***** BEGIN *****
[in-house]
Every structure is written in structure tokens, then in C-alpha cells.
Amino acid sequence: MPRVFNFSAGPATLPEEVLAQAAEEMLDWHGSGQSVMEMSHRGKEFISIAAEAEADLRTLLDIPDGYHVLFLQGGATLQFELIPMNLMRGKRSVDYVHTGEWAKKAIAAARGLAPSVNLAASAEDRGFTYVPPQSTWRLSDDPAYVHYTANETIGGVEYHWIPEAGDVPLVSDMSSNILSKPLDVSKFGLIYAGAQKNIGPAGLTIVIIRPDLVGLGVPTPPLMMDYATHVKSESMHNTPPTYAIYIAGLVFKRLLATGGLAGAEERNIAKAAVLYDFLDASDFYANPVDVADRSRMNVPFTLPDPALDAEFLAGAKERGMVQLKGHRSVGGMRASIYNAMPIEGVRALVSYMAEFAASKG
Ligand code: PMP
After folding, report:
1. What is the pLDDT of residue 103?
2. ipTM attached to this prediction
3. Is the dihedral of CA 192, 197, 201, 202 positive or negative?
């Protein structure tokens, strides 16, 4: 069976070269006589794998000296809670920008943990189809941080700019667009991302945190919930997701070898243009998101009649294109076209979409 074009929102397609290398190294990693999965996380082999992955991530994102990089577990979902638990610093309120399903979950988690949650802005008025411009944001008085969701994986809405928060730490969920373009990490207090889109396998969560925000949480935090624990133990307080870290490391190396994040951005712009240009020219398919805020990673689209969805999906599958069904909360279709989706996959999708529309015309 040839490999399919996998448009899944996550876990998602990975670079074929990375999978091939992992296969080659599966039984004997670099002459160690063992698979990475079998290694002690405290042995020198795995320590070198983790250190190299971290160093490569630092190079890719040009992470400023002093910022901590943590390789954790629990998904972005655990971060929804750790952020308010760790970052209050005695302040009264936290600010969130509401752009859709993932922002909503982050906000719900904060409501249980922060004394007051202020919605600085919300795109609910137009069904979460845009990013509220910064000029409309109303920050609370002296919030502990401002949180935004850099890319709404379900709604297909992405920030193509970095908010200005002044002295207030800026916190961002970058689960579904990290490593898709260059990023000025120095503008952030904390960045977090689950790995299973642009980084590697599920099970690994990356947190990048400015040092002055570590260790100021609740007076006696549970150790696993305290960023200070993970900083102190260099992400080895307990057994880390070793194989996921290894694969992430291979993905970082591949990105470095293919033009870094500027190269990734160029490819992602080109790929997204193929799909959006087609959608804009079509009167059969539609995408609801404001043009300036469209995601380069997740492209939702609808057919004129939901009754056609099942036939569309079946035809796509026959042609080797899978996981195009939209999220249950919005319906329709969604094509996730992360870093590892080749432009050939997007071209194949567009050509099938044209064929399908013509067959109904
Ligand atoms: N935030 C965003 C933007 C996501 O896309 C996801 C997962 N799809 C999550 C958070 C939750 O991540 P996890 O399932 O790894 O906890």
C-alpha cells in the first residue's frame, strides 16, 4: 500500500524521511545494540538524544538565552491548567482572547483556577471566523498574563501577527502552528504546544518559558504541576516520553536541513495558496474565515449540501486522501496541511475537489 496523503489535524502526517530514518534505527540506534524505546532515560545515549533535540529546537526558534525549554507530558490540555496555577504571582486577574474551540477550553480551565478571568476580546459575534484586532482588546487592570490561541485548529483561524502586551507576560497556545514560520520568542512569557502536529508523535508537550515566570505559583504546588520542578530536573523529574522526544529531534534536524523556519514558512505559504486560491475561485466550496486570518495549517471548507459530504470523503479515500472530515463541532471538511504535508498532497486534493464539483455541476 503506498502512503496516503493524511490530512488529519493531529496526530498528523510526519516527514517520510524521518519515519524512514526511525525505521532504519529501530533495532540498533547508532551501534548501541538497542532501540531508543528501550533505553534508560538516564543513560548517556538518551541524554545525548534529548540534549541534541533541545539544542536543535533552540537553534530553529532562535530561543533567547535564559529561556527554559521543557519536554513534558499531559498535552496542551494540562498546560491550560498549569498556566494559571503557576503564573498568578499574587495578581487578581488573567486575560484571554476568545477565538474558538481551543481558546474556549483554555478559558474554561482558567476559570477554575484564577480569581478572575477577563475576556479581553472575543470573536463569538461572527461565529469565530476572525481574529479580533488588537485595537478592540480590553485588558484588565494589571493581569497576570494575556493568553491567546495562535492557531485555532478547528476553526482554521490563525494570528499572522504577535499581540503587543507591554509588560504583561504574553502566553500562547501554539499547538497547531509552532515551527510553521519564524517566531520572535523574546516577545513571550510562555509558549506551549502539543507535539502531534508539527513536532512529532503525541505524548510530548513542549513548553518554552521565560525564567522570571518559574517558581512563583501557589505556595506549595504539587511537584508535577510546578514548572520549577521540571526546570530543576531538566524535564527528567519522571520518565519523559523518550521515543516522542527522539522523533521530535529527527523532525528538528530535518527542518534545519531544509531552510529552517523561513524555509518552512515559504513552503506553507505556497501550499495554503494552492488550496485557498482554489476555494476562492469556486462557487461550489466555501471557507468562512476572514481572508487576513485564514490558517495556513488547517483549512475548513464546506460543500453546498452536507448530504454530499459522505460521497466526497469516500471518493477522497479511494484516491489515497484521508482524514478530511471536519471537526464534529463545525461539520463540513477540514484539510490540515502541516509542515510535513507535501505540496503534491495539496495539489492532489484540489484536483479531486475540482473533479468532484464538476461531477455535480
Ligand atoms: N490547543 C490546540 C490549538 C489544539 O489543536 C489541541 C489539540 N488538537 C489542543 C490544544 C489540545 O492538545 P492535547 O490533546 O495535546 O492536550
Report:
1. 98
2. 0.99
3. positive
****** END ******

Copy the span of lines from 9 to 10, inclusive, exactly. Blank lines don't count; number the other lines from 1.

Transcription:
């Protein structure tokens, strides 16, 4: 069976070269006589794998000296809670920008943990189809941080700019667009991302945190919930997701070898243009998101009649294109076209979409 074009929102397609290398190294990693999965996380082999992955991530994102990089577990979902638990610093309120399903979950988690949650802005008025411009944001008085969701994986809405928060730490969920373009990490207090889109396998969560925000949480935090624990133990307080870290490391190396994040951005712009240009020219398919805020990673689209969805999906599958069904909360279709989706996959999708529309015309 040839490999399919996998448009899944996550876990998602990975670079074929990375999978091939992992296969080659599966039984004997670099002459160690063992698979990475079998290694002690405290042995020198795995320590070198983790250190190299971290160093490569630092190079890719040009992470400023002093910022901590943590390789954790629990998904972005655990971060929804750790952020308010760790970052209050005695302040009264936290600010969130509401752009859709993932922002909503982050906000719900904060409501249980922060004394007051202020919605600085919300795109609910137009069904979460845009990013509220910064000029409309109303920050609370002296919030502990401002949180935004850099890319709404379900709604297909992405920030193509970095908010200005002044002295207030800026916190961002970058689960579904990290490593898709260059990023000025120095503008952030904390960045977090689950790995299973642009980084590697599920099970690994990356947190990048400015040092002055570590260790100021609740007076006696549970150790696993305290960023200070993970900083102190260099992400080895307990057994880390070793194989996921290894694969992430291979993905970082591949990105470095293919033009870094500027190269990734160029490819992602080109790929997204193929799909959006087609959608804009079509009167059969539609995408609801404001043009300036469209995601380069997740492209939702609808057919004129939901009754056609099942036939569309079946035809796509026959042609080797899978996981195009939209999220249950919005319906329709969604094509996730992360870093590892080749432009050939997007071209194949567009050509099938044209064929399908013509067959109904
Ligand atoms: N935030 C965003 C933007 C996501 O896309 C996801 C997962 N799809 C999550 C958070 C939750 O991540 P996890 O399932 O790894 O906890």